Objectives: To investigate how life-sustaining treatment (LST) decisions are made and identify problematic ethical concerns confronted by physicians and nurses in pediatric intensive care within Italy.
Methods: An 88-question online survey was created, based on a previous qualitative study conducted by this team. The survey was designed to identify how LST decisions were managed; contrasting actual practices with what participants think practices should be. Replies from physicians and nurses were compared, to identify potential inter-professional ethical tensions. The study also identified participants' principal ethical concerns. Moreover, open-ended questions elicited qualitative perspectives on participants' views. The survey was pilot-tested and refined before initiation of the study.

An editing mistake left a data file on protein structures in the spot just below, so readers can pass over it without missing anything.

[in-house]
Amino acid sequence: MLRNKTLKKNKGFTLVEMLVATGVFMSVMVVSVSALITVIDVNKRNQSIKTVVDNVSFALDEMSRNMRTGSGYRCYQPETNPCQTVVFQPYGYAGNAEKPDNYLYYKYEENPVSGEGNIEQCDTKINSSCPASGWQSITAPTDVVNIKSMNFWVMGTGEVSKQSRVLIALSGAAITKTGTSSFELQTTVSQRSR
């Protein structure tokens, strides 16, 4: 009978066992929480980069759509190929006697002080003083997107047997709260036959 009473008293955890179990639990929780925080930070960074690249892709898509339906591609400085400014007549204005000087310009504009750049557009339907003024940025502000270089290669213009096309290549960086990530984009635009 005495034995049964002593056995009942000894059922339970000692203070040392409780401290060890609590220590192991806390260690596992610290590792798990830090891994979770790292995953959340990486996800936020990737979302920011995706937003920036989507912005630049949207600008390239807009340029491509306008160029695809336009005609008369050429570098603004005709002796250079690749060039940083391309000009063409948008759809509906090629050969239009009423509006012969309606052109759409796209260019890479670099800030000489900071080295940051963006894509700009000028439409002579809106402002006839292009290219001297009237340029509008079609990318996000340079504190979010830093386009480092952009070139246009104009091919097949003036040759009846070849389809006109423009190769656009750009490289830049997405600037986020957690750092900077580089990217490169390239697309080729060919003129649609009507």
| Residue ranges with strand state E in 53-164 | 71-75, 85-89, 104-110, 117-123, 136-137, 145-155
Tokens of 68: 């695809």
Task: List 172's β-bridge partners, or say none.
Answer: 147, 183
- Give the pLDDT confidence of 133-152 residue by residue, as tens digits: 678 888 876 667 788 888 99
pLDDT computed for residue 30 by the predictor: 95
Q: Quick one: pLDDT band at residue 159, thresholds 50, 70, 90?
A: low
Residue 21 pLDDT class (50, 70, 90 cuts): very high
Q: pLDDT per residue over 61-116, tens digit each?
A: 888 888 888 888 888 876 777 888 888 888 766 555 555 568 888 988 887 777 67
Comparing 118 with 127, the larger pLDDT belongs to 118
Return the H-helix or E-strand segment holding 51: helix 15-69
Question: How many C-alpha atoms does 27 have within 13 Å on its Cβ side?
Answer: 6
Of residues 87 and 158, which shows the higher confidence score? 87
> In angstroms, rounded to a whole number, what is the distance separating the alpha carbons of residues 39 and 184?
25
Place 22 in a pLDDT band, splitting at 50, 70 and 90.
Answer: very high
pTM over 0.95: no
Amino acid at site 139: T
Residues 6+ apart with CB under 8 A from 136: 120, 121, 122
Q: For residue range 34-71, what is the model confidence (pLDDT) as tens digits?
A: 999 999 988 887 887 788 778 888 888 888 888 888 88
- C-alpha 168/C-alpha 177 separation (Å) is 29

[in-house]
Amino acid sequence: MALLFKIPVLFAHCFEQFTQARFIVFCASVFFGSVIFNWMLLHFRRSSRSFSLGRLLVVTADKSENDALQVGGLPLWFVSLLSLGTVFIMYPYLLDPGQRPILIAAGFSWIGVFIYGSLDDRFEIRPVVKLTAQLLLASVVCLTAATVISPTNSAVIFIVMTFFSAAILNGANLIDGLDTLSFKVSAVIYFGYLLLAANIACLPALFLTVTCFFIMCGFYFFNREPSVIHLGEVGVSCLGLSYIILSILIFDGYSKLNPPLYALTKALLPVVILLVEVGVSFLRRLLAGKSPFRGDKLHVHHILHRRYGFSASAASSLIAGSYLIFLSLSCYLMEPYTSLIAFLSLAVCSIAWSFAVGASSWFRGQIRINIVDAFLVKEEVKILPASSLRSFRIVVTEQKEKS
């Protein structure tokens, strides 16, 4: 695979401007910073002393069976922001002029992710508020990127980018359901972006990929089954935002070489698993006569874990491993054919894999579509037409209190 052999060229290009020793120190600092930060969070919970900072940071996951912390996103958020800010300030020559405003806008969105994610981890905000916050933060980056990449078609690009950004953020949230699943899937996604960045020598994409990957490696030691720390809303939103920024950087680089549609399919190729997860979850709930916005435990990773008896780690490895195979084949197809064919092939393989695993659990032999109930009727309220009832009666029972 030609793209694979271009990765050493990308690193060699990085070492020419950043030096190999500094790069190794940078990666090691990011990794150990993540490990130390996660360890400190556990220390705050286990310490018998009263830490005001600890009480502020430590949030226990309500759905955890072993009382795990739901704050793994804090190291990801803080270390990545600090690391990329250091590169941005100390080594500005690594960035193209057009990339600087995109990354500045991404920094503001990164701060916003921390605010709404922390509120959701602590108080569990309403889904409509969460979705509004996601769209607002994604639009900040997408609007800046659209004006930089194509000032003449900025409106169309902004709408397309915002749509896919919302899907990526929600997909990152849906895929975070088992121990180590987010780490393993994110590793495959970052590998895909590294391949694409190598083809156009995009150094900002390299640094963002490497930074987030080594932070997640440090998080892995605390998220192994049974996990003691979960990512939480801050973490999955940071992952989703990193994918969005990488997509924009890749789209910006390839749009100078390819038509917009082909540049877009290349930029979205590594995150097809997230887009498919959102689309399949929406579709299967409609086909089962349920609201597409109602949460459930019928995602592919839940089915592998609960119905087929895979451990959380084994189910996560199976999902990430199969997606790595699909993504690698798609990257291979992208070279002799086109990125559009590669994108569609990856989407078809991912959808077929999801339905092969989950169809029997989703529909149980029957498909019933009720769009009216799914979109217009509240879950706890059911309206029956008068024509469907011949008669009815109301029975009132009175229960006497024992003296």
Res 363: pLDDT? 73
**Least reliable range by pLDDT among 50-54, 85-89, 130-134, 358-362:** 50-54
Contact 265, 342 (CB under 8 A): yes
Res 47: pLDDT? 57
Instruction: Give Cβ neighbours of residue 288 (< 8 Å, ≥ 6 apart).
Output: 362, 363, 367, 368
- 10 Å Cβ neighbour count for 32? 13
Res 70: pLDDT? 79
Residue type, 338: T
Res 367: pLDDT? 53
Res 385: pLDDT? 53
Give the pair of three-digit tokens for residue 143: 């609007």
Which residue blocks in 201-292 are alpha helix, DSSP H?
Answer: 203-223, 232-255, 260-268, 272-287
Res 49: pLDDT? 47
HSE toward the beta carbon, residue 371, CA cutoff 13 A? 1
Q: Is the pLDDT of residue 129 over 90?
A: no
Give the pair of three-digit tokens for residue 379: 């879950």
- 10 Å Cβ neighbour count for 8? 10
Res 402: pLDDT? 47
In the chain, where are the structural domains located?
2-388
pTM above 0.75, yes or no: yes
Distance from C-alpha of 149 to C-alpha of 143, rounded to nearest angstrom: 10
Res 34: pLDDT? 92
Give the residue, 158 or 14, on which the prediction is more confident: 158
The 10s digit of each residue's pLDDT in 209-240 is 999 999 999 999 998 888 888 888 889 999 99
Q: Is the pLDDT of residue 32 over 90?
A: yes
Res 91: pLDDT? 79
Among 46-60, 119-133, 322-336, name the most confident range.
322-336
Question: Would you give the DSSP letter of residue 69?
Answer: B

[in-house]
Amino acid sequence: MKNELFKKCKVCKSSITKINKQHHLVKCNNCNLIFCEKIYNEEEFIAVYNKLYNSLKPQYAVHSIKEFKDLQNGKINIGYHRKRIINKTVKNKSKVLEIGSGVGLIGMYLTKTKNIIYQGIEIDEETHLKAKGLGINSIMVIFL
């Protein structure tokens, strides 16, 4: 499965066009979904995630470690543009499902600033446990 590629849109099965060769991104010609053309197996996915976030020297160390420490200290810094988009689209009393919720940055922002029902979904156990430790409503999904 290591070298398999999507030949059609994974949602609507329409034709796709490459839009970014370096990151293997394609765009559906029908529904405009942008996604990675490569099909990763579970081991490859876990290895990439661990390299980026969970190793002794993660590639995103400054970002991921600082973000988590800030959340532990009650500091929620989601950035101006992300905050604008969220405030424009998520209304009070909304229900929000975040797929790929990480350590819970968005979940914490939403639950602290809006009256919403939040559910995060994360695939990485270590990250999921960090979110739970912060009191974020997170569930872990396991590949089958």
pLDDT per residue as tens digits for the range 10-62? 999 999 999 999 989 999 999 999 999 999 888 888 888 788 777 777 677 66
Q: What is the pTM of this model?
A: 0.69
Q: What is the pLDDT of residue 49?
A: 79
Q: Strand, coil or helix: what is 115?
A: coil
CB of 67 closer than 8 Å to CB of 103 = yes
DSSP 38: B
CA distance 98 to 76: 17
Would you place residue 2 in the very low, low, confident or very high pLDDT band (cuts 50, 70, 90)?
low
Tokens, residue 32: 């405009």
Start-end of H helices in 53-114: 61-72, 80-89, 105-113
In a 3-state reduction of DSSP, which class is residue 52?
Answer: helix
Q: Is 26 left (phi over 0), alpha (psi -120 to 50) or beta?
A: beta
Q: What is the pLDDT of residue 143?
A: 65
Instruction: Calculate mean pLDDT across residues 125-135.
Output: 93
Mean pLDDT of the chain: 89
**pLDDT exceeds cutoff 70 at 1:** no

Results: 31 physicians and 65 nurses participated in the study. Participants were recruited from pediatric intensive care units across five Italian cities; i.e., Florence, Milan, Padua, Rome, Verona. Statistically significant differences were identified for (a) virtually all questions contrasting actual practices with what participants think practices should be and (b) 14 questions contrasting physician replies with those of nurses. Physicians and nurses identified the absence of legislative standards for LST withdrawal as a highly problematic ethical concern. Physicians also identified bearing responsibility for LST decisions as a major concern. Qualitative descriptions further demonstrated that these Italian pediatric intensive care clinicians encounter significantly distressing ethical problems in their practice.
Conclusions: The results of this study highlight a need for the development of (a) strategies for improving team processes regarding LST decisions, so they can be better aligned with how clinicians think decisions should be made, and (b) Italian LST decision-making standards that can help ensure optimal ethical practices.
Keywords: Critical care; Ethics; Intensive care; Italy; Life-sustaining treatment decisions; Pediatric.